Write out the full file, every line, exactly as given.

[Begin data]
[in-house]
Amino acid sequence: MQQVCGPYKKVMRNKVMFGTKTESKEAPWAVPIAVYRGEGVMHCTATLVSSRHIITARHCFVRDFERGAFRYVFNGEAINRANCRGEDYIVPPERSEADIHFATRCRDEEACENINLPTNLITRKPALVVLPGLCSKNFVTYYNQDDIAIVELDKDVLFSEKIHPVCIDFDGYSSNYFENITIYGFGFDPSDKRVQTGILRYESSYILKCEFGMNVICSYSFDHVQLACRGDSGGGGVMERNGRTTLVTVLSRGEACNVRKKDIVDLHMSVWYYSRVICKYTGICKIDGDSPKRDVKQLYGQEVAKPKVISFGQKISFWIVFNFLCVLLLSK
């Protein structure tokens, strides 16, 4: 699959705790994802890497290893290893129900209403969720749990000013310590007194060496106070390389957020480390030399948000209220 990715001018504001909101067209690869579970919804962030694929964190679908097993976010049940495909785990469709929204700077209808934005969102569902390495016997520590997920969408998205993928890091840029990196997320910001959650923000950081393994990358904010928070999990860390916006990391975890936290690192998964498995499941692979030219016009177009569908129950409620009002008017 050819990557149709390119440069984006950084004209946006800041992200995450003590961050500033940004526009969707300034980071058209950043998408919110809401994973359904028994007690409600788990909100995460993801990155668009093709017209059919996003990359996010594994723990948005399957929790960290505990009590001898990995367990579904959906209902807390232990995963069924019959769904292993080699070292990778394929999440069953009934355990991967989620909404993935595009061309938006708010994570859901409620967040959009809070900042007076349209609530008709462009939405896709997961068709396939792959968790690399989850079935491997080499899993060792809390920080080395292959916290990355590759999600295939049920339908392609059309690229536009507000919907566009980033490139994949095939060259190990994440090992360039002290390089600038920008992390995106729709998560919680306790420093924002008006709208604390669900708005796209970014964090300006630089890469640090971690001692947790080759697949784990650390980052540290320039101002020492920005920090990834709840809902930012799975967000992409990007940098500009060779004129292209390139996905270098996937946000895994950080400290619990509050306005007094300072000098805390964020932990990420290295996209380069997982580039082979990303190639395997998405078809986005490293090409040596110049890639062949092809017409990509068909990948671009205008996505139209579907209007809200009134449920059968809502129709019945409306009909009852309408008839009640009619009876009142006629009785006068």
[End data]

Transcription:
[in-house]
Amino acid sequence: MQQVCGPYKKVMRNKVMFGTKTESKEAPWAVPIAVYRGEGVMHCTATLVSSRHIITARHCFVRDFERGAFRYVFNGEAINRANCRGEDYIVPPERSEADIHFATRCRDEEACENINLPTNLITRKPALVVLPGLCSKNFVTYYNQDDIAIVELDKDVLFSEKIHPVCIDFDGYSSNYFENITIYGFGFDPSDKRVQTGILRYESSYILKCEFGMNVICSYSFDHVQLACRGDSGGGGVMERNGRTTLVTVLSRGEACNVRKKDIVDLHMSVWYYSRVICKYTGICKIDGDSPKRDVKQLYGQEVAKPKVISFGQKISFWIVFNFLCVLLLSK
């Protein structure tokens, strides 16, 4: 699959705790994802890497290893290893129900209403969720749990000013310590007194060496106070390389957020480390030399948000209220 990715001018504001909101067209690869579970919804962030694929964190679908097993976010049940495909785990469709929204700077209808934005969102569902390495016997520590997920969408998205993928890091840029990196997320910001959650923000950081393994990358904010928070999990860390916006990391975890936290690192998964498995499941692979030219016009177009569908129950409620009002008017 050819990557149709390119440069984006950084004209946006800041992200995450003590961050500033940004526009969707300034980071058209950043998408919110809401994973359904028994007690409600788990909100995460993801990155668009093709017209059919996003990359996010594994723990948005399957929790960290505990009590001898990995367990579904959906209902807390232990995963069924019959769904292993080699070292990778394929999440069953009934355990991967989620909404993935595009061309938006708010994570859901409620967040959009809070900042007076349209609530008709462009939405896709997961068709396939792959968790690399989850079935491997080499899993060792809390920080080395292959916290990355590759999600295939049920339908392609059309690229536009507000919907566009980033490139994949095939060259190990994440090992360039002290390089600038920008992390995106729709998560919680306790420093924002008006709208604390669900708005796209970014964090300006630089890469640090971690001692947790080759697949784990650390980052540290320039101002020492920005920090990834709840809902930012799975967000992409990007940098500009060779004129292209390139996905270098996937946000895994950080400290619990509050306005007094300072000098805390964020932990990420290295996209380069997982580039082979990303190639395997998405078809986005490293090409040596110049890639062949092809017409990509068909990948671009205008996505139209579907209007809200009134449920059968809502129709019945409306009909009852309408008839009640009619009876009142006629009785006068």